Now that I’m done conferencing (though still on the road), you can expect a few posts on my mental fallout from the National Women’s Studies Association annual meeting. The presentations I enjoyed at the Berks were stronger, on the whole, but the NWSA still got me thinking.
My own panel at the NWSA addressed the question of men in the classroom. I was part of this discussion because my university has relatively robust enrollments of men in our women’s and gender studies classes, thanks to a business school requirement that funnels lots of male undergrads in our direction.
Let me just say I really like having men in the classroom. I think it adds a dimension to the discussion that wouldn’t otherwise be present. I recognize that there’s a trade-off: in an all-female space, women will talk more freely about certain issues than with men present. But all it takes is one male to completely change the dynamic – without, however, much immediate gain.
So here’s the paradox: If a classroom is going to be mixed-gender, you’re much better off teaching a bunch of men, not just a token or two.
In my own student days, WS classes tended to be all-female, and any man who ventured to join us was probably on a quest to understand his own non-normative sexuality. He was likely gay or bi or questioning. By the time I taught my first WS in 2002, this was starting to change. I had two male students, both evidently heterosexual, neither quite sure why he was there. One was bright but hid behind his baseball cap, too shy to speak. The other wore a trenchcoat and expressed a certain sympathy for the Columbine shooters.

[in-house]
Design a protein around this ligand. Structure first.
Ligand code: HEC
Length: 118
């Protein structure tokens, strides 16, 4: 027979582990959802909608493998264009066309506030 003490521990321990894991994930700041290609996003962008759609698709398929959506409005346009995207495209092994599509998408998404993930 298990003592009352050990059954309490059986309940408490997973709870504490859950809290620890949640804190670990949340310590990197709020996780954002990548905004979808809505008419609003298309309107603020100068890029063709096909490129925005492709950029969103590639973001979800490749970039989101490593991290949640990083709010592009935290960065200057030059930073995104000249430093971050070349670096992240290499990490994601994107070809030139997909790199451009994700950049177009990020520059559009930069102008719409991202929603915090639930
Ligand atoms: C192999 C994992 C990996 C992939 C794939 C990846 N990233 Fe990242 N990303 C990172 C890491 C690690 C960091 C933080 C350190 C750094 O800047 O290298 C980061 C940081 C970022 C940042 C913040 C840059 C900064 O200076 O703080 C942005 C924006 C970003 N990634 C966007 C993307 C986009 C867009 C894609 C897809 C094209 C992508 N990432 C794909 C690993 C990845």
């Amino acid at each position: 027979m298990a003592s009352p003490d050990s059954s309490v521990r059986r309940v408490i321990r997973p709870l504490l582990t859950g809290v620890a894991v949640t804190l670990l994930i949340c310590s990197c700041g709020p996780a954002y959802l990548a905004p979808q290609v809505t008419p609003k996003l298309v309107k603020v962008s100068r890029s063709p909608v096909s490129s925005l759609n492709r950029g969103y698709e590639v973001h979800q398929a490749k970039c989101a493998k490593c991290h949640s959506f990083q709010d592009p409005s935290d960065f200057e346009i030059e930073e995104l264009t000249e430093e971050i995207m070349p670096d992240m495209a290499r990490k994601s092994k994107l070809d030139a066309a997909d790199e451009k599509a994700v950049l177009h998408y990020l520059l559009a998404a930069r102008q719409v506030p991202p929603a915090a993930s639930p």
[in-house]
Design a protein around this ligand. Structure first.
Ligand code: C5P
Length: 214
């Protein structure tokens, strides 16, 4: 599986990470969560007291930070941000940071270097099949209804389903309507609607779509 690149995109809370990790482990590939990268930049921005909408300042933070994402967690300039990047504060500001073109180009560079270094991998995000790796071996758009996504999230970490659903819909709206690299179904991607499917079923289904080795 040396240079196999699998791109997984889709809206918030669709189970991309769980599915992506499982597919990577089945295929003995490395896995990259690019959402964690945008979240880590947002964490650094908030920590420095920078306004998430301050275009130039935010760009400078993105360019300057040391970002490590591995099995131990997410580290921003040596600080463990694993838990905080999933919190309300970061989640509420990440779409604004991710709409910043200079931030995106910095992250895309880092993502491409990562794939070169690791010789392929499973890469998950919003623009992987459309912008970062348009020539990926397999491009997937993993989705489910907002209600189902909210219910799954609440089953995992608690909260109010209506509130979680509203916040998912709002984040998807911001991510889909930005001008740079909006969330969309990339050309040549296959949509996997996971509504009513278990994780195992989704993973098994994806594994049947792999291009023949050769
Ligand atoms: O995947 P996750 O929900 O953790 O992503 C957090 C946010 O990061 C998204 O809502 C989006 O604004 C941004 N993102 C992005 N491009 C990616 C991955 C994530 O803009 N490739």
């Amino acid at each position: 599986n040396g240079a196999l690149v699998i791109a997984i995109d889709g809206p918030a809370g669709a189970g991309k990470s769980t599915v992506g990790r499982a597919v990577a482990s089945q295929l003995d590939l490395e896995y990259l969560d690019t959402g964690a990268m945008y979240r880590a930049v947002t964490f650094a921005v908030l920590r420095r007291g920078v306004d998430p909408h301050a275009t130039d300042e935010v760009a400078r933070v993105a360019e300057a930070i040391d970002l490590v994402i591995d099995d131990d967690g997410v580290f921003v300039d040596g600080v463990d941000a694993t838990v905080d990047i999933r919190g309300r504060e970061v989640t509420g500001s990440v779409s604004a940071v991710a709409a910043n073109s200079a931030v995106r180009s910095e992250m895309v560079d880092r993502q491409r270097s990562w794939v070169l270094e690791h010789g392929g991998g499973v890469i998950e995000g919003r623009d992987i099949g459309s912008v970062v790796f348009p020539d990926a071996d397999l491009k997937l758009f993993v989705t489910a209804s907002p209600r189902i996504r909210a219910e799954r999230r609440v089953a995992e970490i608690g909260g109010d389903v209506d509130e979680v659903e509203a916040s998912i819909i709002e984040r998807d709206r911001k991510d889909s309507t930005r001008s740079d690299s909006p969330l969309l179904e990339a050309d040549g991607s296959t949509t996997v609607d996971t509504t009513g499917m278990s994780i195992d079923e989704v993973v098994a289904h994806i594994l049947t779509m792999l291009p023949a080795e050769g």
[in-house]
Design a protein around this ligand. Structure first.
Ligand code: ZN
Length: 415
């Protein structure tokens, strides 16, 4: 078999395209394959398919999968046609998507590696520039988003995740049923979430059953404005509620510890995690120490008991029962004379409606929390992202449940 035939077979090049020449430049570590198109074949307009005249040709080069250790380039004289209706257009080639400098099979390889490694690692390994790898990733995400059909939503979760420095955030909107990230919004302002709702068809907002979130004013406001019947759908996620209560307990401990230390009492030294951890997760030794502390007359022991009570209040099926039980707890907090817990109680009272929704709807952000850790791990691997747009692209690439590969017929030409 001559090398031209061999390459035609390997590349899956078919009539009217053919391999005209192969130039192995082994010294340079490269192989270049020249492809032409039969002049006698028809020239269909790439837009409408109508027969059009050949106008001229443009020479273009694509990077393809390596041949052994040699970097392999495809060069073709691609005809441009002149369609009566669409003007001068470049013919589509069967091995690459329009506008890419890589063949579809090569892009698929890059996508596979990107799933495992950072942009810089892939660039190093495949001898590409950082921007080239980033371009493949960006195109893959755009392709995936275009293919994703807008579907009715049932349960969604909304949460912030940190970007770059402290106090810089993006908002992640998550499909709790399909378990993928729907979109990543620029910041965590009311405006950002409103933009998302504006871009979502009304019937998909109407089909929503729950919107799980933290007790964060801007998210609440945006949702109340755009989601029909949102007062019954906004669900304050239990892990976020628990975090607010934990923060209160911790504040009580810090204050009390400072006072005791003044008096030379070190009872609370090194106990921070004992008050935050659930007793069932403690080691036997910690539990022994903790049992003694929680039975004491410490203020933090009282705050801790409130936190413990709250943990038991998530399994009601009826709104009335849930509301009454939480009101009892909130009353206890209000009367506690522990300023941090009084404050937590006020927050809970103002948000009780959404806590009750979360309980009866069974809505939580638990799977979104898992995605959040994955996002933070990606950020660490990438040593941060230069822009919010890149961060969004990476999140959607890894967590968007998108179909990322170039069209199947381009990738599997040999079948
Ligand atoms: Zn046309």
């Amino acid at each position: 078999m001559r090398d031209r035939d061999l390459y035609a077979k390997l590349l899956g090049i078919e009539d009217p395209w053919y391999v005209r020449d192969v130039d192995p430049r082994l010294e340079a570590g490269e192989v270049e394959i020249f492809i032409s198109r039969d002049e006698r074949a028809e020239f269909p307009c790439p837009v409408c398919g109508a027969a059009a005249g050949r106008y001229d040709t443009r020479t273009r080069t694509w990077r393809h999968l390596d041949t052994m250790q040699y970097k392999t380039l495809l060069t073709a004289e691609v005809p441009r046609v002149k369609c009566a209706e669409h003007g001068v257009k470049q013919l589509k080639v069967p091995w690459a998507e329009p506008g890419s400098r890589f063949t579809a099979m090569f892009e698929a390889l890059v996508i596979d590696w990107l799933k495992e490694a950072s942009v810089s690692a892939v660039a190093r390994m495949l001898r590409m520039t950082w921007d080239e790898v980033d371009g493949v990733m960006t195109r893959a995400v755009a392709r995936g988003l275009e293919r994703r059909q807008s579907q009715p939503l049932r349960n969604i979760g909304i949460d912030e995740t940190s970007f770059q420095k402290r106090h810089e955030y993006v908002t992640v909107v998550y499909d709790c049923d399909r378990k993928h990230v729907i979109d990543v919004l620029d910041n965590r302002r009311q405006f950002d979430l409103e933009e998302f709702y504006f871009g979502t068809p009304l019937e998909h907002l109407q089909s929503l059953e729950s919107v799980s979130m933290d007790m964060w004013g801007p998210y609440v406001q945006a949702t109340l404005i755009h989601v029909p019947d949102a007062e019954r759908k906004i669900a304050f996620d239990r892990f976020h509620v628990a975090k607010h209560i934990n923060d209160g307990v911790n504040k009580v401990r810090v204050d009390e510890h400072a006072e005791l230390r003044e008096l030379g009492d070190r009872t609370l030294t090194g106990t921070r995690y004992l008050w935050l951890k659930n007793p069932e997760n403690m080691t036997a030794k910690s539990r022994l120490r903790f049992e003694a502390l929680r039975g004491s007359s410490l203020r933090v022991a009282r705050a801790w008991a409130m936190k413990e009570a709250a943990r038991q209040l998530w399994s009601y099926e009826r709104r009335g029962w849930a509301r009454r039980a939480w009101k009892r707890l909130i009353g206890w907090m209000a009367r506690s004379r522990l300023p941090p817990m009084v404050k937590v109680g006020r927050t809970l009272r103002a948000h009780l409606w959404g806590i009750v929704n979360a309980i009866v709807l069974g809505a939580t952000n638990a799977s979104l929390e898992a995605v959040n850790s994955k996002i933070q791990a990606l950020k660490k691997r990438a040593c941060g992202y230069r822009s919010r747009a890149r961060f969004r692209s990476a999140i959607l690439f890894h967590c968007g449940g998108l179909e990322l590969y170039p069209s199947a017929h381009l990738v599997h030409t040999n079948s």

By now my colleagues and I commonly have 30 to 40 percent men in our courses. This is terrific in that men no longer feel like they’re mere tokens; they’re much more likely to speak up. It’s a great opportunity to broaden the discussion, in my view, and to widen people’s horizons. By this I don’t mean that I get to indoctrinate the guys; try that, and you’ve lost them on day one. The same is just as true for the women, by the way. But I do believe that good ideas will tend to win people over at the end of the day.
Above 35 to 40 percent, the men can actually start to dominate the conversation, so this can be a mixed blessing, as one of my fellow panelists observed. At his university, however, the WS classes are bristling with football players! I have to admit I’m grateful that I don’t get classes where a full third of the students play on the same team, sit in the same corner, and disrupt the conversation. Yikes! I’m glad I’m not dealing with big blocs of jocks. But another presenter who spoke about this sees it as an opportunity to reach the macho guys and maybe help reduce sexual violence, and so she deals with the discipline issues by working with the coaches.
So the emerging women’s studies classroom is a far cry from the all-female environments that early feminists nurtured and Mary Daly famously decreed. Myself, I’ll gladly deal with the difficulty of balancing male and female participation in exchange for change to discuss not just women but men – and thus gender as a relational system.
Not least, when men reach a certain critical mass, they challenge each other, they take the class more seriously, and they turn in better work. A few years ago, I still saw some serious slackerdom among the men; now, they’re performing just as well as the gals. And that makes my job a whole lot more fun.